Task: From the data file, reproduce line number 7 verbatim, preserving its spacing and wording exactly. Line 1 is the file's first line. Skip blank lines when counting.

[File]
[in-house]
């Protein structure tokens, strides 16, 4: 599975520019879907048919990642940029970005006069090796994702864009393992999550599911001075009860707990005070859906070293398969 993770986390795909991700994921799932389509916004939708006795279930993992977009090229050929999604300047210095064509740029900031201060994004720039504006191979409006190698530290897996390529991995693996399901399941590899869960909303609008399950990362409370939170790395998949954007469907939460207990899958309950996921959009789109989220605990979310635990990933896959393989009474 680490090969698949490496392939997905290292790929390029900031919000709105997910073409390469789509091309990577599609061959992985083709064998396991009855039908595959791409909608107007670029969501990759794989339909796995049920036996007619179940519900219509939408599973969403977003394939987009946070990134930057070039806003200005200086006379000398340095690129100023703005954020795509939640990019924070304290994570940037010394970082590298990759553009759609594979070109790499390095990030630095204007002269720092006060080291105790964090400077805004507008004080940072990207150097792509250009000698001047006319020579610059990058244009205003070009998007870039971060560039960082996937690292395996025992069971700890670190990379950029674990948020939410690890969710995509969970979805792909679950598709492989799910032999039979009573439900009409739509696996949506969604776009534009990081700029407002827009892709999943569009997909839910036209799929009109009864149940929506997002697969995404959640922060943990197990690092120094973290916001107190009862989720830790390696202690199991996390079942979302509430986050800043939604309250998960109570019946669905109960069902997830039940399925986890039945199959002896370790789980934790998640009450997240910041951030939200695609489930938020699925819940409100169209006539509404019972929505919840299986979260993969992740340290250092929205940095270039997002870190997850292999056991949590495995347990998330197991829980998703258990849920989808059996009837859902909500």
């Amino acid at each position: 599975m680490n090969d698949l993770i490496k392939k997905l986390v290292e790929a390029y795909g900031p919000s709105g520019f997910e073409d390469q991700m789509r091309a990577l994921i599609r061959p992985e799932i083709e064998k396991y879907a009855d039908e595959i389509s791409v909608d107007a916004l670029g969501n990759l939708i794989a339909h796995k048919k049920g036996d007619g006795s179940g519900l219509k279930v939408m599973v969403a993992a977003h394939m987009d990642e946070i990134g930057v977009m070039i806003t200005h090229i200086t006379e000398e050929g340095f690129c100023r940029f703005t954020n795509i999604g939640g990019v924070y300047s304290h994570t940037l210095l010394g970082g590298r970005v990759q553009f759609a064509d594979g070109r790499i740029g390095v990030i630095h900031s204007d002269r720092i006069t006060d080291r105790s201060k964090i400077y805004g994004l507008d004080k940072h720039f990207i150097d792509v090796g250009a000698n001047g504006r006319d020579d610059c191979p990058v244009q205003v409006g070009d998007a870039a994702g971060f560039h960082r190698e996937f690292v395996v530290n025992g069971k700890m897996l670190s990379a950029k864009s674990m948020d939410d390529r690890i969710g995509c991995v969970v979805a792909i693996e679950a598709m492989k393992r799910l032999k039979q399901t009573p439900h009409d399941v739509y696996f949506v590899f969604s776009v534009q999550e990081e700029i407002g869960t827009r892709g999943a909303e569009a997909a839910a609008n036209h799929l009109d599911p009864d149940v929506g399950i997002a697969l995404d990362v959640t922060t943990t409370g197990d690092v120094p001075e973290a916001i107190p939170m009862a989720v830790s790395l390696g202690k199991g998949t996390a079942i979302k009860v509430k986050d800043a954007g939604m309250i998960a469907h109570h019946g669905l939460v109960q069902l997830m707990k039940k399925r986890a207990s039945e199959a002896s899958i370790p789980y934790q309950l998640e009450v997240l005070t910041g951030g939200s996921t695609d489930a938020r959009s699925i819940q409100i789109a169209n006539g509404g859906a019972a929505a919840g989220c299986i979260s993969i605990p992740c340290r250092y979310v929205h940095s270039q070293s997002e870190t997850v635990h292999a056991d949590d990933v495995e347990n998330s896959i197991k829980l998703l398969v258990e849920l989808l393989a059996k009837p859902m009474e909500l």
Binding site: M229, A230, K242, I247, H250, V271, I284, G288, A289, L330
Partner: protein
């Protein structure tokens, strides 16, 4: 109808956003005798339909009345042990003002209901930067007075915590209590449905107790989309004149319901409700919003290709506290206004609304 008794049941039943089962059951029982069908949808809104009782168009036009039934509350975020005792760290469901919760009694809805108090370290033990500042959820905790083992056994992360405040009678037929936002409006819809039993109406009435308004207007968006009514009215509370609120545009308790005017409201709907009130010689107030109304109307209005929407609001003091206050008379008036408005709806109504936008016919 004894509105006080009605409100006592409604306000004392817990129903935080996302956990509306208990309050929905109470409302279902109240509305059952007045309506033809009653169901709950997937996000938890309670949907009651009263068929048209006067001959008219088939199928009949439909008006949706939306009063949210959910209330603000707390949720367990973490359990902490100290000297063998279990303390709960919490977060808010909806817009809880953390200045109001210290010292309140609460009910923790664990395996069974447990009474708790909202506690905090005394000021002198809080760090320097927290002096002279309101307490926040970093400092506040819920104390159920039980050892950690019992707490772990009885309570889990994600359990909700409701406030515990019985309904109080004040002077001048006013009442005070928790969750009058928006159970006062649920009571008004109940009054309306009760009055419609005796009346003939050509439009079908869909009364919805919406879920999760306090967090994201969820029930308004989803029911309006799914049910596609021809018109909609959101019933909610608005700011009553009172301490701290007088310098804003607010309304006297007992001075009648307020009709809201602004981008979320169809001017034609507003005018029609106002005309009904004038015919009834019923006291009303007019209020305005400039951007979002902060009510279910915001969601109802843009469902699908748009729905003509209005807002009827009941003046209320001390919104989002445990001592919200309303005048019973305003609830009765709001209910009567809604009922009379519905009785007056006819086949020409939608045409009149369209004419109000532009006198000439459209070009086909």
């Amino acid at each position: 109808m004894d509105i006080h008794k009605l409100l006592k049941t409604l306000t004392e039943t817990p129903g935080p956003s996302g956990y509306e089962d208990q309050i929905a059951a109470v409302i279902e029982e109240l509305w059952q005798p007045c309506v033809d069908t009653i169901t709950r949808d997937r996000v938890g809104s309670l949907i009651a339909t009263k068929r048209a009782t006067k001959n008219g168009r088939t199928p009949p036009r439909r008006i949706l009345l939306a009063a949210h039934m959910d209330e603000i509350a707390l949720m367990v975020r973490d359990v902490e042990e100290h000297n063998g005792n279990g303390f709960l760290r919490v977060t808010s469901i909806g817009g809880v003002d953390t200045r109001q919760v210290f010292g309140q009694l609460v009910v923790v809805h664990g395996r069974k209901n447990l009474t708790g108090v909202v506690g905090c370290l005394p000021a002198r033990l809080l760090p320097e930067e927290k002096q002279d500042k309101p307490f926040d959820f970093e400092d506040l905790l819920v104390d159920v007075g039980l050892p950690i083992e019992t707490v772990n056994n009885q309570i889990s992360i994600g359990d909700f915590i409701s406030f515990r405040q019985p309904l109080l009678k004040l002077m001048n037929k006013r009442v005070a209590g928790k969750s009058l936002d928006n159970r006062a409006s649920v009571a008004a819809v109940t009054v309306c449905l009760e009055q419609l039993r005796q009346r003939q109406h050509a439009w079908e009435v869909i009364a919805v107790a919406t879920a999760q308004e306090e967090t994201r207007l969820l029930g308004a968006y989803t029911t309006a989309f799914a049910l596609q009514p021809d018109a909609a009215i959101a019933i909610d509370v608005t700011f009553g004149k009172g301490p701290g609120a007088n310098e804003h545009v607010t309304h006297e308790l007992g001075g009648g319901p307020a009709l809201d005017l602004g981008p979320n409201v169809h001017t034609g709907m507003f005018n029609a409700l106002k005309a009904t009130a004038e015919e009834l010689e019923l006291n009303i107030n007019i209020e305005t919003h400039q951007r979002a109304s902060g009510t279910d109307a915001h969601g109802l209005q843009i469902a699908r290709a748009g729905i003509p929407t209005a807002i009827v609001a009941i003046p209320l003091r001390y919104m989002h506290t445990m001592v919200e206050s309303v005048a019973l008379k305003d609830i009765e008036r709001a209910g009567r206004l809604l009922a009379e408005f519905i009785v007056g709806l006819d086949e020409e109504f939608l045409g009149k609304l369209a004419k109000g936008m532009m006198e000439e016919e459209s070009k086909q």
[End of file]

């Amino acid at each position: 109808m004894d509105i006080h008794k009605l409100l006592k049941t409604l306000t004392e039943t817990p129903g935080p956003s996302g956990y509306e089962d208990q309050i929905a059951a109470v409302i279902e029982e109240l509305w059952q005798p007045c309506v033809d069908t009653i169901t709950r949808d997937r996000v938890g809104s309670l949907i009651a339909t009263k068929r048209a009782t006067k001959n008219g168009r088939t199928p009949p036009r439909r008006i949706l009345l939306a009063a949210h039934m959910d209330e603000i509350a707390l949720m367990v975020r973490d359990v902490e042990e100290h000297n063998g005792n279990g303390f709960l760290r919490v977060t808010s469901i909806g817009g809880v003002d953390t200045r109001q919760v210290f010292g309140q009694l609460v009910v923790v809805h664990g395996r069974k209901n447990l009474t708790g108090v909202v506690g905090c370290l005394p000021a002198r033990l809080l760090p320097e930067e927290k002096q002279d500042k309101p307490f926040d959820f970093e400092d506040l905790l819920v104390d159920v007075g039980l050892p950690i083992e019992t707490v772990n056994n009885q309570i889990s992360i994600g359990d909700f915590i409701s406030f515990r405040q019985p309904l109080l009678k004040l002077m001048n037929k006013r009442v005070a209590g928790k969750s009058l936002d928006n159970r006062a409006s649920v009571a008004a819809v109940t009054v309306c449905l009760e009055q419609l039993r005796q009346r003939q109406h050509a439009w079908e009435v869909i009364a919805v107790a919406t879920a999760q308004e306090e967090t994201r207007l969820l029930g308004a968006y989803t029911t309006a989309f799914a049910l596609q009514p021809d018109a909609a009215i959101a019933i909610d509370v608005t700011f009553g004149k009172g301490p701290g609120a007088n310098e804003h545009v607010t309304h006297e308790l007992g001075g009648g319901p307020a009709l809201d005017l602004g981008p979320n409201v169809h001017t034609g709907m507003f005018n029609a409700l106002k005309a009904t009130a004038e015919e009834l010689e019923l006291n009303i107030n007019i209020e305005t919003h400039q951007r979002a109304s902060g009510t279910d109307a915001h969601g109802l209005q843009i469902a699908r290709a748009g729905i003509p929407t209005a807002i009827v609001a009941i003046p209320l003091r001390y919104m989002h506290t445990m001592v919200e206050s309303v005048a019973l008379k305003d609830i009765e008036r709001a209910g009567r206004l809604l009922a009379e408005f519905i009785v007056g709806l006819d086949e020409e109504f939608l045409g009149k609304l369209a004419k109000g936008m532009m006198e000439e016919e459209s070009k086909q």